It has been a long time sine the Ukraine has been the leading story in Russian news, and has been only one of the many news items. Now if you look at what the social networks are discussing you’ll immediately see that there are other things on people’s minds—Trump, Syria, pension reforms, Skripal, sanctions, and finally video clips of the popular singers Kirkorov and Baskov.
In the space of Russia Church media, until only recently it was much the same—one only has to leaf through the earlier news headlines and articles. And when the representatives of the Constantinople Patriarchate suddenly made a series of extremely sharp pronouncements, no one noticed it at first, even up to the moment that he sent two exarchs to Kiev.
Only now are many beginning to understand that something serious has taken place. However, the only conclusion one can draw from the squall of discussion is that people often simply do not imagine the reality in which the faithful of the Ukrainian Orthodox Church have now found themselves.
For example, in the blogosphere you can hear more and more often, “Just give them autocephaly for heaven’s sake, it will solve all the problems!”
I am disappointed. It won’t. Let’s take a look at these problems honestly and without embellishment.
Hypothetical autocephaly for the Ukrainian Orthodox Church is often presented as the best medicine for schism. Those who think so simply don’t understand the specifics of the Ukrainian schism. By Church schism is usually understood a situation when a certain portion of the clergy and laity split from the unified Church, as a rule due to dogmatic reasons. But the Ukrainian schism cannot be compared with the schism of 1054, nor with the Old Believers schism in the seventeenth century. This one is entirely different.
I will simply recall the situation. On the cusp of the 1980s-90s, when in Western Ukraine began massive forceful seizures of Orthodox churches by the Uniates, certain representatives of the clergy decided that they will not be harrassed if they remain Orthodox but leave Moscow. In any case, that is how the autocephalists explain their actions.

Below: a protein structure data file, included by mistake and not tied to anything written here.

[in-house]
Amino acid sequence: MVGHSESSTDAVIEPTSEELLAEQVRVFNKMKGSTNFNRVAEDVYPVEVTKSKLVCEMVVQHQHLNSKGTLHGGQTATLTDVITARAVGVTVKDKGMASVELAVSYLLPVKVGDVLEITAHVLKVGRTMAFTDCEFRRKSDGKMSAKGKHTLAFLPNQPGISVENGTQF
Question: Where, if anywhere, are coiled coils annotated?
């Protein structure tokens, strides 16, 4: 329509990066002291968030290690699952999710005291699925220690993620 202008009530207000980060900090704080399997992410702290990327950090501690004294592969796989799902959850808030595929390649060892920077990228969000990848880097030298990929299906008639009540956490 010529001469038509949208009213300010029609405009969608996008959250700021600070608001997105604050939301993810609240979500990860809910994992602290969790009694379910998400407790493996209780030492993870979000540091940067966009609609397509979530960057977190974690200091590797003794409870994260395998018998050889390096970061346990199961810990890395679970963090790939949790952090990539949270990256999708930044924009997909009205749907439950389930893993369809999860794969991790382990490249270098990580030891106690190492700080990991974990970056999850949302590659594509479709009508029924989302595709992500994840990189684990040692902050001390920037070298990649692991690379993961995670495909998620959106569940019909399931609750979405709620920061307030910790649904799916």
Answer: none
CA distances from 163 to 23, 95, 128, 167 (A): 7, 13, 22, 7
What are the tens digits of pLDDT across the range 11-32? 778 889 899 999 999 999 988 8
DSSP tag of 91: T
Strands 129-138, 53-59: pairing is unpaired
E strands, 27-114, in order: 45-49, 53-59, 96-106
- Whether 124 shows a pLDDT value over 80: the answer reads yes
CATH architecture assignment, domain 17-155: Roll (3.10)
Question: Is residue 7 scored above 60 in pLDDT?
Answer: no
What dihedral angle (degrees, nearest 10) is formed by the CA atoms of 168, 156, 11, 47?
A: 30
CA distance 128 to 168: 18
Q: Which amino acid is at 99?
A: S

I will not retell here the history of the autocephalous “churches”, for the reason that by naming off all of these “Ukrainian Orthodox Autocephalous Churches”, “Ukrainian Orthodox Autocephalous Churches by Concilliar rights” and all the other “Kiev Patriarchates”, their unions and divisions, we might miss the essence.
And the essence is this: Two or three former hierarchs of the Russian Orthodox Church created their own completely new hierarchy and ordained their own new clergy. Today, these structures are denominations that are not in any way connected in their past with either the Russian Orthodox Church in general, nor the canonical Ukrainian Orthodox Church in part. The only one with such a “past” is Philaret Denisenko.1
In other words, this is not even a schism, but a sort of Philaret sect. The main difference of this schism is the absence of dogmatic arguments. Theology in fact plays no part whatsoever. The Ukrainian schismatics of all stripes are united by one thing: phyletism and hatred for Moscow.
Amongst the faithful of the Ukrainian Orthodox Church are people of various political views, but they are all united by the most important thing: faith in Christ. For the schismatics, faith takes second place against the background of their fetish in the form of nationalism.
These people [the schismatic groups] systematically forcefully take over our churches, beat up our priests and faithful, sic radical nationalists on us, slander us and accuse us of state treason. Therefore we are perplexed when some Church fringe polemicist suddenly starts worrying about the fate of our persecuted brothers, and for the sake of their persecutors suggests that the Ukrainian Orthodox Church be given autocephaly in order to create for nationalism-obsessed individuals with a fragile emotional makeup and who are suffering so greatly only from commemorating the Patriarch of Moscow and all the Russias, comfortable conditions for returning to the Church.
But here is the problem: They essentially never were in the Church. That is, there is no talk of returning.
Our Church hierarchy constantly emphasizes that the schism can only be overcome after the schismatics repent. And this does happen. Separate individuals come from time to time to the Church with repentance, and the Church receives them. It precisely receives living people who have recognized the whole catastrophe and sin of schism. And here we have to be realistic. We will not be able to bring all of them into the Church, especially from those spheres that are filled with hatred. And we especially cannot close our eyes and pretend that there is no hatred.